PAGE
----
Thursday, September 28, 2006

common answer and question during interview

Would you like to find out what those-in-the-know have to say about job interview question and answer? The information in the article below comes straight from well-informed experts with special knowledge about job interview question and answer.

The most common question you will be asked is: Tell me about yourself. As an open-ended interview question, this is your opportunity to play up your positive work habits and your qualifications. It would be best to devote your reply to facts about your work and career. A skillful interviewer will know how to use this one question alone to bring out more information about you than a series of questions would. Try to keep your answer to a maximum of one minute long, inclusive of a description of your most recent position and what you are hopeful to do next.

After answering this question briefly, choose to stay silent or follow-up with this question: Is there anything else you wanted to know? Listen well to the reply of the interviewer so that you will know just what he or she would like to hear from you.

Do not rush into giving an answer immediately to any question. Interviewers are aware of your anxiety and will want you to think first before answering. However, try not to wait too long between answers or you will seem like you are stalling. Interviewers select open-ended questions just to see what you can come up with so do not ramble on while trying to determine your real answer.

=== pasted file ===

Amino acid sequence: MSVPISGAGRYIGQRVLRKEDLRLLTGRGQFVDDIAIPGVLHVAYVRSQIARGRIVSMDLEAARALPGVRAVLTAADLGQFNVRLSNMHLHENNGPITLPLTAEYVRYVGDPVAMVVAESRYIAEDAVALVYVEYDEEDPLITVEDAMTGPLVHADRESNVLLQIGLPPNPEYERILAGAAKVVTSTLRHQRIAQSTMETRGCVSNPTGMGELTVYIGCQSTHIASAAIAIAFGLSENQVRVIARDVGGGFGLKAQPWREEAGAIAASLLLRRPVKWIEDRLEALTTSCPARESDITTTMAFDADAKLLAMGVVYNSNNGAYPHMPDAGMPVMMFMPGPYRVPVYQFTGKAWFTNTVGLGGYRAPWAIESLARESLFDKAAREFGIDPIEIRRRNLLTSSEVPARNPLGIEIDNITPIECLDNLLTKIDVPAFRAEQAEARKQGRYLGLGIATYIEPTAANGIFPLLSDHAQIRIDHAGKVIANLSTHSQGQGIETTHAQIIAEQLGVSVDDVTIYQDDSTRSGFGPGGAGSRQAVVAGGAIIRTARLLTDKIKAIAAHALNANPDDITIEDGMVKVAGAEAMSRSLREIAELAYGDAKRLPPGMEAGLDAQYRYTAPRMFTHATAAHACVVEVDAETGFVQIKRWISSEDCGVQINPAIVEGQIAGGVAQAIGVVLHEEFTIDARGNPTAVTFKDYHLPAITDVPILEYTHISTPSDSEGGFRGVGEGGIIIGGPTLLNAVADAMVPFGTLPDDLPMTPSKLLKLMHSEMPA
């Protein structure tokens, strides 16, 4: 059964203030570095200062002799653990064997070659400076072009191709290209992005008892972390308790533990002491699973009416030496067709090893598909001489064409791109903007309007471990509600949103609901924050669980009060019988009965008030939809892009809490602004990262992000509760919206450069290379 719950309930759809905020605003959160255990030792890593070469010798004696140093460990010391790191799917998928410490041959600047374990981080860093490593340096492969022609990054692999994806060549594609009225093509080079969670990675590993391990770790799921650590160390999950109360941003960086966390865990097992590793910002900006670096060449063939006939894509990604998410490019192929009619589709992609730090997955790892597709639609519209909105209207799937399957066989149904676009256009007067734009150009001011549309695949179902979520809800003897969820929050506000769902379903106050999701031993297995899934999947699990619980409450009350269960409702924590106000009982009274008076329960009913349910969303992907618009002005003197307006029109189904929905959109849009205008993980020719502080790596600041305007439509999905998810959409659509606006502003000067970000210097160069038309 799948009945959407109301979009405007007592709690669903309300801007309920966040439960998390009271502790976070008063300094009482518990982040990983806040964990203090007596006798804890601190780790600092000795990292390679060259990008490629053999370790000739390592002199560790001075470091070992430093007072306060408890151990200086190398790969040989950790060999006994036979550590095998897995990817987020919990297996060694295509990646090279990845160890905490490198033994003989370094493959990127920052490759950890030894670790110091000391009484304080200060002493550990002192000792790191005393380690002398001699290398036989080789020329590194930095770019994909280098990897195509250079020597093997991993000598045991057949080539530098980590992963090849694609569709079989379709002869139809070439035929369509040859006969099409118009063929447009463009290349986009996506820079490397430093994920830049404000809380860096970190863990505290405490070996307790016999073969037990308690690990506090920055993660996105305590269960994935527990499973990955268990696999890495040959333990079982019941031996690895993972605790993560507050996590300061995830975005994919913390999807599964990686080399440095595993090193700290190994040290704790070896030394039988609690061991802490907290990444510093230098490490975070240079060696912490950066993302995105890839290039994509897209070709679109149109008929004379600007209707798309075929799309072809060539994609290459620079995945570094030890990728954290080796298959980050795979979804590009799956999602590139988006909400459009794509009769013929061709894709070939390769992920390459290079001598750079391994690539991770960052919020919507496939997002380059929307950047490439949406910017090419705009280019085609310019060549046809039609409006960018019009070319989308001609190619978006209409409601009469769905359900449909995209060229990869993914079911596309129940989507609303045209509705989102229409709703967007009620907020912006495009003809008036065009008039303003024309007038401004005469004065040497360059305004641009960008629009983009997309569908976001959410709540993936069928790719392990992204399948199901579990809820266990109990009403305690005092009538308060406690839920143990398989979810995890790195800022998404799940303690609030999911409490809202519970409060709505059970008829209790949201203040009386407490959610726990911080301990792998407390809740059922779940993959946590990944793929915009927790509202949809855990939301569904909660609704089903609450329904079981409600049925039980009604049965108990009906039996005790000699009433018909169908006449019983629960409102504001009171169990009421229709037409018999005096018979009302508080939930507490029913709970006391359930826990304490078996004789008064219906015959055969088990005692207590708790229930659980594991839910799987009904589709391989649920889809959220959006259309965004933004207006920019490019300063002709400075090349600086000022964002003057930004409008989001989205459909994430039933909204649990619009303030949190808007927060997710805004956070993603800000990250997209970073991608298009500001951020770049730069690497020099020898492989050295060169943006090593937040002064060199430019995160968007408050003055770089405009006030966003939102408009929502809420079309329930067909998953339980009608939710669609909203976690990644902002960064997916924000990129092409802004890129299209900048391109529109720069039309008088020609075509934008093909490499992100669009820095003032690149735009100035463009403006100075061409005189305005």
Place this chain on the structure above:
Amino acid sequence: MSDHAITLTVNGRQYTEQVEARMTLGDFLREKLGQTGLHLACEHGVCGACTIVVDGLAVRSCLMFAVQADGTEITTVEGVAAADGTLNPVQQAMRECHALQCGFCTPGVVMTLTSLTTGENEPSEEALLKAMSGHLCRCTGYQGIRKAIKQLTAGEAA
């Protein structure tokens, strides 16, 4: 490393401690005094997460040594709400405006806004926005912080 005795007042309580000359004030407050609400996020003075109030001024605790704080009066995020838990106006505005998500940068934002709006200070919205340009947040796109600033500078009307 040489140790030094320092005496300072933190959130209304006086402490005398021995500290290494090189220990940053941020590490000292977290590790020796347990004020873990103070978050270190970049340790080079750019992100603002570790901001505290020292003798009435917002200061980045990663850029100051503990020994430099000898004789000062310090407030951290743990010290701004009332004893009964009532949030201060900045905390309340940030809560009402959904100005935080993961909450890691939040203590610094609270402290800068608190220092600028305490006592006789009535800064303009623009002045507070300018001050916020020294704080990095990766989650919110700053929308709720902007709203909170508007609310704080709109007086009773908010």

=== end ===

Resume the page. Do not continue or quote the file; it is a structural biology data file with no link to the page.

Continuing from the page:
Is everything making sense so far? If not, I'm sure that with just a little more reading, all the facts will fall into place.

The next most common question interviewers like to ask is: why do you want to leave your present job?” Or why did you leave your most recent position? These are dangerous questions that should be treated carefully. Try not to make derogatory statements about your previous employers or negative comments such as: I needed more money. Generic answers like: I’m making a career decision by applying at this new job, are better.

Another common question is: What are your strengths? Use this lead to play up the positive traits you possess in connection with the job you are applying for.
The interviewer may then ask you: What are your weaknesses? Try not to dwell on your answer to this question. Buffer your weak points by pointing out a strength that compensates for it.

Now that wasn't hard at all, was it? And you've earned a wealth of knowledge, just from taking some time to study an expert's word on job interview question and answer.